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29 Dec, 2019 14:01

Hong Kong economy will inevitably shrink further as protests show no sign of abating

Hong Kong economy will inevitably shrink further as protests show no sign of abating

Hong Kong's economy is on the path to face another contraction in the fourth quarter, the financial secretary has warned as raging protests continue to take a toll on the city.

“Judging from the situation in the past months, continued negative growth is unavoidable,” Financial Secretary Paul Chan Mo-po said on Sunday.

While the official economic results will be released only early next year, Chan could already cite some gloomy statistics. The city’s retail sales plunged 26 percent in October, while its once booming tourist sector lost 50 percent of vacationers during the Christmas holidays. Tourist numbers have been dramatically collapsing since the beginning of the unrest, with earlier reports saying that Hong Kong-based companies were deprived of more than 2.5 million visitors.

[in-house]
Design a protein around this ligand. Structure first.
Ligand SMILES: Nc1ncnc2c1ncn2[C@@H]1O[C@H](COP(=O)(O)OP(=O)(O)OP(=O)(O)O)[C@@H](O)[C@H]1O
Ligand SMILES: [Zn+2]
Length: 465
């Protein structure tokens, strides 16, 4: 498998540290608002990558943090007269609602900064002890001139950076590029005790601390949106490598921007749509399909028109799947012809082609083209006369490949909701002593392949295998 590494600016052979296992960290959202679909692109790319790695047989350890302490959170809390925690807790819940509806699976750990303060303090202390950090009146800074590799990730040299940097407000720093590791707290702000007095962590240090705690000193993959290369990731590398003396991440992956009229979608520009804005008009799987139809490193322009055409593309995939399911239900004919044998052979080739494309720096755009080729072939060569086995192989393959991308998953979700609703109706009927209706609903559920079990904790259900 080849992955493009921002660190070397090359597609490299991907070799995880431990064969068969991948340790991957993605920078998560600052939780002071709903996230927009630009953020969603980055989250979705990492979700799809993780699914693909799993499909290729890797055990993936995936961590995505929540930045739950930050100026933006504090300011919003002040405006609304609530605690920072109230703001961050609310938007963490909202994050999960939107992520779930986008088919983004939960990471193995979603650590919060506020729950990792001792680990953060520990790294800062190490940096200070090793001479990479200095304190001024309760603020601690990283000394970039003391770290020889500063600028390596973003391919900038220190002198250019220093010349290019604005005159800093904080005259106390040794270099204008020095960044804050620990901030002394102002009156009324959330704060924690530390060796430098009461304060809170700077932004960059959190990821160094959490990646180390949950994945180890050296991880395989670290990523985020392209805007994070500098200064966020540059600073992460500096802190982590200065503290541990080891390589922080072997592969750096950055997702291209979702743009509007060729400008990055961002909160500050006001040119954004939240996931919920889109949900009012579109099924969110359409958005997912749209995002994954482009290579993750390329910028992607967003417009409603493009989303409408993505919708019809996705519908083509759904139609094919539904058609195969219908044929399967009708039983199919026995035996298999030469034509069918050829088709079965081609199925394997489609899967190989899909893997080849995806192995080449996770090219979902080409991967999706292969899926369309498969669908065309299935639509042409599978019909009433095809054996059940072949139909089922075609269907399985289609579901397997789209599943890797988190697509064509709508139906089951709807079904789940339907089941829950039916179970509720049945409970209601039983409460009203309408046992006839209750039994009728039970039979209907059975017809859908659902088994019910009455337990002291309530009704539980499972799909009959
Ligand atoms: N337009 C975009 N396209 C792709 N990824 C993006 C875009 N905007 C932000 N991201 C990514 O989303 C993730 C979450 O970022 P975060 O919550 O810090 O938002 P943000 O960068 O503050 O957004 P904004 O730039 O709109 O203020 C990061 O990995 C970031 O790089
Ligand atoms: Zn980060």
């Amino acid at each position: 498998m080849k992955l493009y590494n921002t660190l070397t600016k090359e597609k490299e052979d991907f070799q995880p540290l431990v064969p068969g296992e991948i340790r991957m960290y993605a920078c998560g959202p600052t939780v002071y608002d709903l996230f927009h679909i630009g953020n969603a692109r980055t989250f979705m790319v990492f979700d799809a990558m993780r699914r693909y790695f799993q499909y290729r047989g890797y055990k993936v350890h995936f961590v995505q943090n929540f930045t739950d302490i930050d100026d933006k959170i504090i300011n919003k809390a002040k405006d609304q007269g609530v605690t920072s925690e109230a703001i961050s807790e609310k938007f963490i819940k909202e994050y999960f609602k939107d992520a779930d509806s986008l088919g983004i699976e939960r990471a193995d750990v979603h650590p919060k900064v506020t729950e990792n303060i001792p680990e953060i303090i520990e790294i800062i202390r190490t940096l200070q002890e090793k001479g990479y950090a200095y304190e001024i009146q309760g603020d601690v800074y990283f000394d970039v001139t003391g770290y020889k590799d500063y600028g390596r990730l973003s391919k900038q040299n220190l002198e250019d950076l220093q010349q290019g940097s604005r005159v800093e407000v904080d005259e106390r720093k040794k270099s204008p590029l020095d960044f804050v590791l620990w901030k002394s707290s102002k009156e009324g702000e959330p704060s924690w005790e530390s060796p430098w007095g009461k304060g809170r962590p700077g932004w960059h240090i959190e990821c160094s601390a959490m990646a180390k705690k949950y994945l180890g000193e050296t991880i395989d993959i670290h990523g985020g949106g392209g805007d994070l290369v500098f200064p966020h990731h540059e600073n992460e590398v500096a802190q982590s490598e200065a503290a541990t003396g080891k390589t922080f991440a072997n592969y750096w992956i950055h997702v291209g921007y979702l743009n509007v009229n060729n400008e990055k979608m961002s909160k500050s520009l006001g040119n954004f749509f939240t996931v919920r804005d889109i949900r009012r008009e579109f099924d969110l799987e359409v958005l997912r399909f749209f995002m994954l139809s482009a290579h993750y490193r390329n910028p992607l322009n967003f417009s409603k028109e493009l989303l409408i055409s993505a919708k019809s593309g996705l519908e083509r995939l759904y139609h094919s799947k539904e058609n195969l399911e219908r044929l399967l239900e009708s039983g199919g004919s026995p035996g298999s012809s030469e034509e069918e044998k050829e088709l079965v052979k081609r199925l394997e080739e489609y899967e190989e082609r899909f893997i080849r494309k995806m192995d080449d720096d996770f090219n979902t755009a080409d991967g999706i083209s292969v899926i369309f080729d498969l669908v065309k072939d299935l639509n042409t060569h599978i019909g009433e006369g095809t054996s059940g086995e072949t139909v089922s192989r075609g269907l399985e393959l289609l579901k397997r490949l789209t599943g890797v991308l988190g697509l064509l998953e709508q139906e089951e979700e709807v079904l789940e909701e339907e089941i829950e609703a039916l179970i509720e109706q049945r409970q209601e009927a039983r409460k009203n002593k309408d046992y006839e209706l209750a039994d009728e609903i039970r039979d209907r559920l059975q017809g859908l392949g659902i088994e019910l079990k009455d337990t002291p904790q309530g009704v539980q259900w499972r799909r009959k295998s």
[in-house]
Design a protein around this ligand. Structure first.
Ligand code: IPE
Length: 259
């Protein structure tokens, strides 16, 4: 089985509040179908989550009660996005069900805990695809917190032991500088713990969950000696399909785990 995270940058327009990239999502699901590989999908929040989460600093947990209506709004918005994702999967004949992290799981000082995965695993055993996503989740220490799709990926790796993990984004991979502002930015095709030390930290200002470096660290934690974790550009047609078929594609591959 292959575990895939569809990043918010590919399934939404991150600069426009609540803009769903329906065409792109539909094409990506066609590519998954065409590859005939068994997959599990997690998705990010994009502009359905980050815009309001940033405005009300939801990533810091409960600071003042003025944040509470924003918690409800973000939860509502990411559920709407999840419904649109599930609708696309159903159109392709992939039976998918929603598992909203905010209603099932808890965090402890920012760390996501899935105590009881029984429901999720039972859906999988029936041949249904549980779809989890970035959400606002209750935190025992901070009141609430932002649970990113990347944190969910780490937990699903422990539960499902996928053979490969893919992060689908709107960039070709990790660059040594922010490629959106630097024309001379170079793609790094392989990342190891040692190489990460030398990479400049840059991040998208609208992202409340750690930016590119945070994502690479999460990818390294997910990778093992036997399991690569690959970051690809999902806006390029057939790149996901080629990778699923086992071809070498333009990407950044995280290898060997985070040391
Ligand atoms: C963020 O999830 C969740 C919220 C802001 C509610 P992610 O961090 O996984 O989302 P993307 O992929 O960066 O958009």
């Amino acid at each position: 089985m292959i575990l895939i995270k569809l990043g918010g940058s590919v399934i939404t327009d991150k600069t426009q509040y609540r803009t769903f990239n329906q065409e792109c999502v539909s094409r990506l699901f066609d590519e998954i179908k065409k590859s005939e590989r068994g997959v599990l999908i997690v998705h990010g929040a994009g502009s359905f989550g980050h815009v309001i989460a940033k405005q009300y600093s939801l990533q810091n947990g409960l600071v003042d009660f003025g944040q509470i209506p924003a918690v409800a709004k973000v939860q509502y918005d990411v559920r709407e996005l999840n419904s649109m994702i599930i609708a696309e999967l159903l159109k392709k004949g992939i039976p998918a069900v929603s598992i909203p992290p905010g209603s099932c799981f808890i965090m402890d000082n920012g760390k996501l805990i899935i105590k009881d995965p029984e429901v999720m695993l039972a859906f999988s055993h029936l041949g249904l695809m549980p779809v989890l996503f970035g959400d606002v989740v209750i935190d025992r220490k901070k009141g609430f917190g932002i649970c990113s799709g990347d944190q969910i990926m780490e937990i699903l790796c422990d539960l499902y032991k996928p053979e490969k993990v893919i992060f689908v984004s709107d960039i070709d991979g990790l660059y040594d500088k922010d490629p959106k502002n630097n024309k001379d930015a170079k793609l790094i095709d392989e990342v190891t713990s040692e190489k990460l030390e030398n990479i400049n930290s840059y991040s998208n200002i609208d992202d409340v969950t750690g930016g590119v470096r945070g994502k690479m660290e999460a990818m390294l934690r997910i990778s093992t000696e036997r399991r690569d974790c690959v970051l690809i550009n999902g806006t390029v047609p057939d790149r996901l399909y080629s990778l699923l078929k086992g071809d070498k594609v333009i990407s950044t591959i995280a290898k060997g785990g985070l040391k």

“It was the HK government's first loss in 15 years, making it less flexible to mobilize financial resources in the recession,” he said as cited by the Global Times.

In a separate statement, another top financial official, Hong Kong's Chief Secretary Matthew Cheung, said that the economy could post an annual 1.3 percent contraction this year for the first time in ten years, while the consequences of the protests from a macro aspect will be further evaluated. He also warned that next year might not be much easier, fraught with “tough tests and challenges.”

On the bright side, the city still has a chance for “rebirth” if the violence stops, according to Cheung. “The past six months have been tough for us, but we will soldier on,” he wrote.

Also on rt.com Hong Kong plunges into recession as months of violent protests take toll on economy

In October, China’s self-governing territory recognized that massive rallies, sparked in June by a now-withdrawn extradition bill, plunged it into recession after two successive quarters of contraction. Months of chaos are believed to have cost Hong Kong two percent of its GDP, and are feared to leave the budget in the next 2020-21 financial year in the red.

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